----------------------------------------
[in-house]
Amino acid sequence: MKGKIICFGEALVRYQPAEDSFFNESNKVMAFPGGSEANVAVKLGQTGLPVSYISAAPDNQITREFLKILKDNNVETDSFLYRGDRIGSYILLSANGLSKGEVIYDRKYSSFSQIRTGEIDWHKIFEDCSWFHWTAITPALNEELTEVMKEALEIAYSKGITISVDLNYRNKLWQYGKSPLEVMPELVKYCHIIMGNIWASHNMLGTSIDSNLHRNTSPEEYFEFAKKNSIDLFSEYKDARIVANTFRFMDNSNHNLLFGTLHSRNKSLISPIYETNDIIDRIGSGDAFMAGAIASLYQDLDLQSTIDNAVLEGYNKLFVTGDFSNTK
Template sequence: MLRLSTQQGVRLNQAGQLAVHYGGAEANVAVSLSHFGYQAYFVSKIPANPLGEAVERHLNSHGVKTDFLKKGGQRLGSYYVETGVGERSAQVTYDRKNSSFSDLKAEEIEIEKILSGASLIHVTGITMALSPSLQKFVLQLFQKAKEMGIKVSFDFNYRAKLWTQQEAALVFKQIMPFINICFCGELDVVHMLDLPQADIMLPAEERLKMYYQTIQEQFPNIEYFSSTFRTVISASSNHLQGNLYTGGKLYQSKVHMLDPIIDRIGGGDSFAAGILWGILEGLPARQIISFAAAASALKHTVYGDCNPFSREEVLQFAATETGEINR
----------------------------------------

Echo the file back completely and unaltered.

[in-house]
Amino acid sequence: MKGKIICFGEALVRYQPAEDSFFNESNKVMAFPGGSEANVAVKLGQTGLPVSYISAAPDNQITREFLKILKDNNVETDSFLYRGDRIGSYILLSANGLSKGEVIYDRKYSSFSQIRTGEIDWHKIFEDCSWFHWTAITPALNEELTEVMKEALEIAYSKGITISVDLNYRNKLWQYGKSPLEVMPELVKYCHIIMGNIWASHNMLGTSIDSNLHRNTSPEEYFEFAKKNSIDLFSEYKDARIVANTFRFMDNSNHNLLFGTLHSRNKSLISPIYETNDIIDRIGSGDAFMAGAIASLYQDLDLQSTIDNAVLEGYNKLFVTGDFSNTK
Template sequence: MLRLSTQQGVRLNQAGQLAVHYGGAEANVAVSLSHFGYQAYFVSKIPANPLGEAVERHLNSHGVKTDFLKKGGQRLGSYYVETGVGERSAQVTYDRKNSSFSDLKAEEIEIEKILSGASLIHVTGITMALSPSLQKFVLQLFQKAKEMGIKVSFDFNYRAKLWTQQEAALVFKQIMPFINICFCGELDVVHMLDLPQADIMLPAEERLKMYYQTIQEQFPNIEYFSSTFRTVISASSNHLQGNLYTGGKLYQSKVHMLDPIIDRIGGGDSFAAGILWGILEGLPARQIISFAAAASALKHTVYGDCNPFSREEVLQFAATETGEINR